Jan 10 2014

Unidentified Flying Dinosaur: First of ’14

The first day of the year is always one of anticipation for me: I enjoy keeping track of some of the firsts. The first book I’ve read start-to-finish will be The Long Dark Tea-Time of the Soul, for instance. Not that I haven’t read it before, but it’s been years, and I’d forgotten much of it. The first walk of the year was along North Creek with B, and the first birds we saw (outside of a possible small sparrow) also became the first photos of the year.



I don’t recall seeing these ducks around during the summer, and believe me, I’ve been up and down this stretch of creek to know many of the denizens personally – including the probable gay couple consisting of one mallard and one I can’t identify (they will be subject of a post of their own soonish). B spotted them and wondered what they were, et voila, we had our first photo of 2014.



Immediately I photographed the little buggers, of course, they took off down the creek and made themselves very hard to shoot. They seem a bit timid around people. The local ducks were all up in the parking lot getting their share of an enormous bag of duck food from the trunk of a nice couple’s car, but this lot wanted nothing to do with that.



We get all kinds round here. And I really should be spending more time with them – the way my legs reacted to being asked to walk a couple miles informs me that one of my first acts of 2014 must needs be getting up and around. I’ve been rather prone to lying abed all day reading and writing, and this, apparently, is not conducive to fitness. Perhaps I should take a lesson from our unidentified members of the duck family and go have a nice, healthful paddle – although in my case, it will be in an indoor heated pool.



So that was lovely, and then we made our way up and around the pond, where I got to show B the oriole’s nest you lot identified year before last, although the light wasn’t all spiffy like last year. The sun had come out just long enough to prod us awake (far too early), and then buggered off. But it wasn’t so bad, and everything was still visible, and it wasn’t dripping rain all over, which turned out to be a wonderful thing when we were returning along the ballfields and a bloody great bald eagle soared overhead and landed in the lights.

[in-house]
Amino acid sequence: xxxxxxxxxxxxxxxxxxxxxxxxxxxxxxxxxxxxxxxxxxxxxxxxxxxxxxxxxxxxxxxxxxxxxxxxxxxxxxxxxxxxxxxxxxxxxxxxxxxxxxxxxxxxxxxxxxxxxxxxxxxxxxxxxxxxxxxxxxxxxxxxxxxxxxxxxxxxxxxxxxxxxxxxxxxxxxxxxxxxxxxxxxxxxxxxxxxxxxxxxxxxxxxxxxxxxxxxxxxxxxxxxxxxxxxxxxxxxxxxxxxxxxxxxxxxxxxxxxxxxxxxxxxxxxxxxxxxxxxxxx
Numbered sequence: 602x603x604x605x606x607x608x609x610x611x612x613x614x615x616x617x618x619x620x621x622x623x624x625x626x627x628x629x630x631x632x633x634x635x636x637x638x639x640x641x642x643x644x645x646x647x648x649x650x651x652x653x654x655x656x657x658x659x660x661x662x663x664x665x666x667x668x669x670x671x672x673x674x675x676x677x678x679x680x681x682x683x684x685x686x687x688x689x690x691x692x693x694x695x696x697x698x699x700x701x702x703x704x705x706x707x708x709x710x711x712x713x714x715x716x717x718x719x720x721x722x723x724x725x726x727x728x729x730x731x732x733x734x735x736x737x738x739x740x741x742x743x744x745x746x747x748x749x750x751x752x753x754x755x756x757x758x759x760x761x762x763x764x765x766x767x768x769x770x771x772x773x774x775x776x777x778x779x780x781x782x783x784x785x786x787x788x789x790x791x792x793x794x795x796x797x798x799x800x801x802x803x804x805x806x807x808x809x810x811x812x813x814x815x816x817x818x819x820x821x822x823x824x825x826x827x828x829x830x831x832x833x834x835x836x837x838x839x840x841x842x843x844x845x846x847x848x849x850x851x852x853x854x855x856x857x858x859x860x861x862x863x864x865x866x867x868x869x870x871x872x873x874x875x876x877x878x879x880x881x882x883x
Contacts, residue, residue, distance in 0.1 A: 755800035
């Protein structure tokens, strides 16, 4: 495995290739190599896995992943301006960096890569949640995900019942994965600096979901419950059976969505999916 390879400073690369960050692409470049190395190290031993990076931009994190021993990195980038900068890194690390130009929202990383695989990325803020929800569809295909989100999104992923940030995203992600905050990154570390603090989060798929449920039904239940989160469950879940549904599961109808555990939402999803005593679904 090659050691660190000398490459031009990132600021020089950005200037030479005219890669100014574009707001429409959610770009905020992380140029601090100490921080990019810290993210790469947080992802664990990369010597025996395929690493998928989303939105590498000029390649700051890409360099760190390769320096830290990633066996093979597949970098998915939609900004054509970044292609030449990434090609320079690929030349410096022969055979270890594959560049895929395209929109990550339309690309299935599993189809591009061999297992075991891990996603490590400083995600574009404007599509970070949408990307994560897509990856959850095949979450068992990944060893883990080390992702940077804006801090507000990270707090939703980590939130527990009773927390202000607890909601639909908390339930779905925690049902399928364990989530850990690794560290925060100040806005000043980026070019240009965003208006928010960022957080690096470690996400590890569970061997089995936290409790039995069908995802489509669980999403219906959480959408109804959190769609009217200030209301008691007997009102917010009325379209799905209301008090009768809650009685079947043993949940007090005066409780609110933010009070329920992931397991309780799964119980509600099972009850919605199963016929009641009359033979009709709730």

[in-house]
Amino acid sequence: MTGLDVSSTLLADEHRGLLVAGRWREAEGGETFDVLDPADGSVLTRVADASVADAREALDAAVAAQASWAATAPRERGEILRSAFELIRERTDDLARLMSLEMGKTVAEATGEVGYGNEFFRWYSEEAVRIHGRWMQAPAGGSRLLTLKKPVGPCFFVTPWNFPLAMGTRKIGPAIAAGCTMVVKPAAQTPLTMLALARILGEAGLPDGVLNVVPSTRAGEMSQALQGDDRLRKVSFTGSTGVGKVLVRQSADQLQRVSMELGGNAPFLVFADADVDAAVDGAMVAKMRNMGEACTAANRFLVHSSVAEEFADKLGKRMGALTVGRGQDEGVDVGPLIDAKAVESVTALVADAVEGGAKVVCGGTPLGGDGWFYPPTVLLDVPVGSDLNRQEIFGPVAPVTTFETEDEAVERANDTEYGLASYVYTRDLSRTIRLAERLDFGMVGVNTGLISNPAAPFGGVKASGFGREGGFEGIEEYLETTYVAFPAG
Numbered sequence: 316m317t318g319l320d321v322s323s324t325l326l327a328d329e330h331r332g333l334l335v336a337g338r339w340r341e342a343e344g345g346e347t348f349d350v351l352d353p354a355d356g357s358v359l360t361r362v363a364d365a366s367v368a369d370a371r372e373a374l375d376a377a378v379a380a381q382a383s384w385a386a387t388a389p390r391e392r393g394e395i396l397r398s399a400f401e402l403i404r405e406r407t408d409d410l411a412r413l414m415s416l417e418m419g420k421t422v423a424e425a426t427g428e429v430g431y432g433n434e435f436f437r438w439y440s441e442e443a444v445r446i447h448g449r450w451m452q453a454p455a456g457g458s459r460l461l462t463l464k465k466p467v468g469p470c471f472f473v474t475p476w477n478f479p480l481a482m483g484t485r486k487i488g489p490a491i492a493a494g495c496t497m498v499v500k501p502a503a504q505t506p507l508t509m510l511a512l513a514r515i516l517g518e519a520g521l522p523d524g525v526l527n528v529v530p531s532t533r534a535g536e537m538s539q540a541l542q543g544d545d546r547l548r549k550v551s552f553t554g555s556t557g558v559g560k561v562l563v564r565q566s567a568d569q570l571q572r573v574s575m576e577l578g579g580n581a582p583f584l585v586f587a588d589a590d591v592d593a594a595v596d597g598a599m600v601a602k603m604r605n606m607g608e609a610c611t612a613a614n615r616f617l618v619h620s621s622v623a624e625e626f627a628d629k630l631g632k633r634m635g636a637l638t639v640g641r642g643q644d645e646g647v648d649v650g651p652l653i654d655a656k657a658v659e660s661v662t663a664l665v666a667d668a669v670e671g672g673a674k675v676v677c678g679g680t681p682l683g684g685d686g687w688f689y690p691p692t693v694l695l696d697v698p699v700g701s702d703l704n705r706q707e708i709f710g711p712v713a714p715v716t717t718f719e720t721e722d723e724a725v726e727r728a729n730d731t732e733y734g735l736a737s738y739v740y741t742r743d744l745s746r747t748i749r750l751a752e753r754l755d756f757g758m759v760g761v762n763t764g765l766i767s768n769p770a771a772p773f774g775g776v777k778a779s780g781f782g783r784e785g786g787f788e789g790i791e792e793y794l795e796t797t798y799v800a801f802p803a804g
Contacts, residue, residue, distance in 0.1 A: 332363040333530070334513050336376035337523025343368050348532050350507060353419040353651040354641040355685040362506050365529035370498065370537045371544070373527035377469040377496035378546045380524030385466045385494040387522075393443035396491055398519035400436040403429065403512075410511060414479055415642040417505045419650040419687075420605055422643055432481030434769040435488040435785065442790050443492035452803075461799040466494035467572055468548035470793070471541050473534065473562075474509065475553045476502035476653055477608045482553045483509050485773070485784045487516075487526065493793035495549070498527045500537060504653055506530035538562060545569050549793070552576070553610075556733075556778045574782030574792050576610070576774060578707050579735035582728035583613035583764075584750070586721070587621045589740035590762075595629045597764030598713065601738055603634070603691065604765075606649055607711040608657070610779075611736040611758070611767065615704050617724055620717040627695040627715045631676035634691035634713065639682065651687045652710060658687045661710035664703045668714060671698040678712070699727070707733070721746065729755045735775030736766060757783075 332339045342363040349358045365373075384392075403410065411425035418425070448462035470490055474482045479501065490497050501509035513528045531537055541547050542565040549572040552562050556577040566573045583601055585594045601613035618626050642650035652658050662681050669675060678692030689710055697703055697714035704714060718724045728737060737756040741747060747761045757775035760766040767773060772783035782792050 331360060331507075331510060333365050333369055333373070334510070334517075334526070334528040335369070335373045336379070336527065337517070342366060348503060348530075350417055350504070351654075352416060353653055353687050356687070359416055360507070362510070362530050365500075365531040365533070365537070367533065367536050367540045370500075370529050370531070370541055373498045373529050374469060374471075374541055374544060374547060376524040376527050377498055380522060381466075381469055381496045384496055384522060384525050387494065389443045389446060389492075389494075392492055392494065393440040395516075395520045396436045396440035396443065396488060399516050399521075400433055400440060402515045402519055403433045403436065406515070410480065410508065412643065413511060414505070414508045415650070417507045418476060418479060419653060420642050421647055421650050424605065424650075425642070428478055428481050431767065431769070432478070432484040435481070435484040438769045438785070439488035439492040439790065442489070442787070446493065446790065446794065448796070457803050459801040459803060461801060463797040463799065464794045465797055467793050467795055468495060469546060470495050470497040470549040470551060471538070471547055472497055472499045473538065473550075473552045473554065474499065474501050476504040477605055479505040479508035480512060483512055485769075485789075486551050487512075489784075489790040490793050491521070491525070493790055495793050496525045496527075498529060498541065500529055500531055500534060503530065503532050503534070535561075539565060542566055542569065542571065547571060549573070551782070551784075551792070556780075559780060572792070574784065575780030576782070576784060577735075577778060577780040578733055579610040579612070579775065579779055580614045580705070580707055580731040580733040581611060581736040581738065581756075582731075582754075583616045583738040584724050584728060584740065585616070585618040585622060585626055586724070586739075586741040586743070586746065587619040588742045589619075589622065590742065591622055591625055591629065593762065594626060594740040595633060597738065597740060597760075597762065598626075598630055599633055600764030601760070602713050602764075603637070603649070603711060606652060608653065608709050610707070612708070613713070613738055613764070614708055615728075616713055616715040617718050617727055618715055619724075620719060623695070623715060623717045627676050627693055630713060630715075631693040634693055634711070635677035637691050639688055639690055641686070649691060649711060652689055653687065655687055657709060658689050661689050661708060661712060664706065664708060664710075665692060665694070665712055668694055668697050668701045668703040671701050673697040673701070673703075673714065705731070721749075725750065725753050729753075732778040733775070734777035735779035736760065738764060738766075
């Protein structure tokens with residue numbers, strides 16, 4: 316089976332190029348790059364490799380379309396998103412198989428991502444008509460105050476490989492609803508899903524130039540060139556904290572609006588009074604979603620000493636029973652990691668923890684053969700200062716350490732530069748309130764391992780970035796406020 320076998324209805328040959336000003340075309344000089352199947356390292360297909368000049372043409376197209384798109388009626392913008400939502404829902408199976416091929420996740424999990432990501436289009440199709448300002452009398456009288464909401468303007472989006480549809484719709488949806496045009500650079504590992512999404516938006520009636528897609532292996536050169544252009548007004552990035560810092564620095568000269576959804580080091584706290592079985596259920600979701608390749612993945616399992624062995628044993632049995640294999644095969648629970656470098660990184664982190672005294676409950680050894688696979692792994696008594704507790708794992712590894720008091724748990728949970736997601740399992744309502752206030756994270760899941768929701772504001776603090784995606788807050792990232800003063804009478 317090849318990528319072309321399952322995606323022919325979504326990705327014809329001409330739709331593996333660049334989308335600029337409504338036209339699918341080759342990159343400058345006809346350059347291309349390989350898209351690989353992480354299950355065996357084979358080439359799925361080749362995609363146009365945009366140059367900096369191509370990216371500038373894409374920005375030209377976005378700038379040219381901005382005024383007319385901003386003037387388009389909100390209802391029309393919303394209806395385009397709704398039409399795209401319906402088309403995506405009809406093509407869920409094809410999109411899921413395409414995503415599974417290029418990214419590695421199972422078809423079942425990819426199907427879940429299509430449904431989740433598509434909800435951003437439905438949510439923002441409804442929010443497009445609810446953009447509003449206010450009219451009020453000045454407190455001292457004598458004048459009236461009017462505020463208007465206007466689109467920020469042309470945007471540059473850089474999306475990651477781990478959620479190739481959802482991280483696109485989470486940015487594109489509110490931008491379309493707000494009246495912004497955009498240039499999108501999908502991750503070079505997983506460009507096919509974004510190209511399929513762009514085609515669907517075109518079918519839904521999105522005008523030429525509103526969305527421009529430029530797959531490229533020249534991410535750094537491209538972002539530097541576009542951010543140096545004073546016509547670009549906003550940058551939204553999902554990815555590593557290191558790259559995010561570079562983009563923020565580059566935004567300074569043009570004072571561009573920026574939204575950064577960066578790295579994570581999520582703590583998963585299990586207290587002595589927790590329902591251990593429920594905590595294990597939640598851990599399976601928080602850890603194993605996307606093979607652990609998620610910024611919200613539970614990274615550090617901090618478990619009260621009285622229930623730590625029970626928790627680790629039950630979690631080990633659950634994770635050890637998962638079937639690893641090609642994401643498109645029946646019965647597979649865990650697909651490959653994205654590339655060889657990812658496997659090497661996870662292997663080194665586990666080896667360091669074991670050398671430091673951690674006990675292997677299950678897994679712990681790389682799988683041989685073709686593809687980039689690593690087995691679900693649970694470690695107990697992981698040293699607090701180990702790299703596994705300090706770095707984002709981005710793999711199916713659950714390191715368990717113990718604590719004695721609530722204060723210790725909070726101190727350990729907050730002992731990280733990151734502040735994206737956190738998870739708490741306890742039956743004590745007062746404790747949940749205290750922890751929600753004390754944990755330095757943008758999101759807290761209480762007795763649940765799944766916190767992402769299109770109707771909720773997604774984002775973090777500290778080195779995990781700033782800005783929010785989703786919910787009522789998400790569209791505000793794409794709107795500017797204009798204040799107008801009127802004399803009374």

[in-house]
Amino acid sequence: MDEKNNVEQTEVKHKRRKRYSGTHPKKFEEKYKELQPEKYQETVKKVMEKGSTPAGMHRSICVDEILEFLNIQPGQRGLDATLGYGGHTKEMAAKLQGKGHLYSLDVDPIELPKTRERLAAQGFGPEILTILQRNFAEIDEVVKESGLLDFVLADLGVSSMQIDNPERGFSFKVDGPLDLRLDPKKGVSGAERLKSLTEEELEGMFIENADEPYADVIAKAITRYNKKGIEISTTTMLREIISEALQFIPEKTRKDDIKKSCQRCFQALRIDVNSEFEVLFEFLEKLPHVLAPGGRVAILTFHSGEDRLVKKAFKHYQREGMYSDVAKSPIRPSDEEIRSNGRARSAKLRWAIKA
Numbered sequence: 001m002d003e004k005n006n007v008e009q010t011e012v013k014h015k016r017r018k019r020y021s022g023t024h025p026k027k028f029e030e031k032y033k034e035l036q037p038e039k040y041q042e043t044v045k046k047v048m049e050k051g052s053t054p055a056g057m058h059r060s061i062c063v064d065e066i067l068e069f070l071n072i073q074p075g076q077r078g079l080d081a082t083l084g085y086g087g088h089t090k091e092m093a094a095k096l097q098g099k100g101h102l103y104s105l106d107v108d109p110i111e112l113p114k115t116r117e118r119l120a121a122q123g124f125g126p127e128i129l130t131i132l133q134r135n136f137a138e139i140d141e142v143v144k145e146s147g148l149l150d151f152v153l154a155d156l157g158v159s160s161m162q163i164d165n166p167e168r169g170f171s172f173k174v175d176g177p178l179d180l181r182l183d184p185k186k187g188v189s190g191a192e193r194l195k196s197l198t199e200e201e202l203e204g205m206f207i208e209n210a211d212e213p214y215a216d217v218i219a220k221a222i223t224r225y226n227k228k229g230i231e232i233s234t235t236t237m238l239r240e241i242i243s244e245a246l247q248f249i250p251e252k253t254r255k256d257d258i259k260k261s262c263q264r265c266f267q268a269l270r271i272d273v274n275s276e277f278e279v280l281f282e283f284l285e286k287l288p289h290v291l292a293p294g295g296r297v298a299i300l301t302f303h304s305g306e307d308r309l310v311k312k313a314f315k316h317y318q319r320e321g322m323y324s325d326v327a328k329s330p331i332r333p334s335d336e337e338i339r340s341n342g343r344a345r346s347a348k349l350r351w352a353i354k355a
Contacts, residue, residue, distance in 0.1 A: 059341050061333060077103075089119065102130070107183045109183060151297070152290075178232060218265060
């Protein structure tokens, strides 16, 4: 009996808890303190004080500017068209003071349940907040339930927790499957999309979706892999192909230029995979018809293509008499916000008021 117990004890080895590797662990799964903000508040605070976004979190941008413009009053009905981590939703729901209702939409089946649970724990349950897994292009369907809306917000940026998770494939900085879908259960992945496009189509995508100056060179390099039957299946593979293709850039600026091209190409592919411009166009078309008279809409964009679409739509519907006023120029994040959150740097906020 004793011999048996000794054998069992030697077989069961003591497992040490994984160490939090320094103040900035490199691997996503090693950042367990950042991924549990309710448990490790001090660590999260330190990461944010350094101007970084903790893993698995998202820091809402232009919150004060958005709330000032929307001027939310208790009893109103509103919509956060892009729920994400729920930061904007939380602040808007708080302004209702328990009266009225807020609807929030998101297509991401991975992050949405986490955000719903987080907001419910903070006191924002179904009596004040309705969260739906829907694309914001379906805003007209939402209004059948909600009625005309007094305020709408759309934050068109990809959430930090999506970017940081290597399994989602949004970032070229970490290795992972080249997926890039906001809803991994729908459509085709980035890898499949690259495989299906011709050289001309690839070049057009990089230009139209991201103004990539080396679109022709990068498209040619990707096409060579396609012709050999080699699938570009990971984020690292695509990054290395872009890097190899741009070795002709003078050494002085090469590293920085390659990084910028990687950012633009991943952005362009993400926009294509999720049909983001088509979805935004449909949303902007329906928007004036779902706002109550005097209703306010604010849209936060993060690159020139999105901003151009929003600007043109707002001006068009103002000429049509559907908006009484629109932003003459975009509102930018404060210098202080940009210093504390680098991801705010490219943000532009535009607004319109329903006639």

An enormous bald eagle taking off from its quite-brief perch on a set of ballfield lights.

An enormous bald eagle taking off from its quite-brief perch on a set of ballfield lights.

It was clutching lunch, which you can’t see here, but decided this wasn’t the place it wished to dine and took off again just as I was whipping the camera out. Alas, the only photo of it in flight turned out blurry beyond use, but it was quite wonderful and awe-inspiring. I’ve never seen a bald eagle down so far – they normally hang out in the more remote reaches of the creek.

So there were those, and they were lovely, and so was the lunch we picked up at Teddy’s Bigger Burger, where I took the first fish photo of ’14.

A yellow clownfish contemplates its own reflection.

A yellow clownfish contemplates its own reflection.

There we are, the first of many. B and I have quite a few adventures planned for the summer, and he’s good at spotting birds, so hopefully we’ll have some fabulous UFD finds for you this year.


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  1. 1

    My guess is American wigeon, Anas americana. Had it been sunny out, you could probably have seen the bit of shiny green on the side of the head. Pretty!

  2. 2
    Lithified Detritus

    I’ll second American wigeon – they do winter in your area, according to the map in Stokes.

  3. 3

    Yes, American Wigeon, and quite lovely they are!

    Your quest of yearly firsts is more varied than mine, Dana, but I do maintain a little ritual of making the first wild critter I photograph each year my Facebook avatar for the year. It’s rarely something I expect, so the best-laid plans of mice and men gang routinely agley. (Green Heron this year, though I’d rather hoped it’d be the Hooded Merganser at the same pond.)

  4. 4

    Also agreed on the wigeon ID. So pretty! Nice little tropical fish, too.

  5. 5

    American Wigeon…Oh wait, I’ve already been beaten to it four times! Very common this time of year. It’s also a good season for pintails.

    And it appears you’ve found Nemo.

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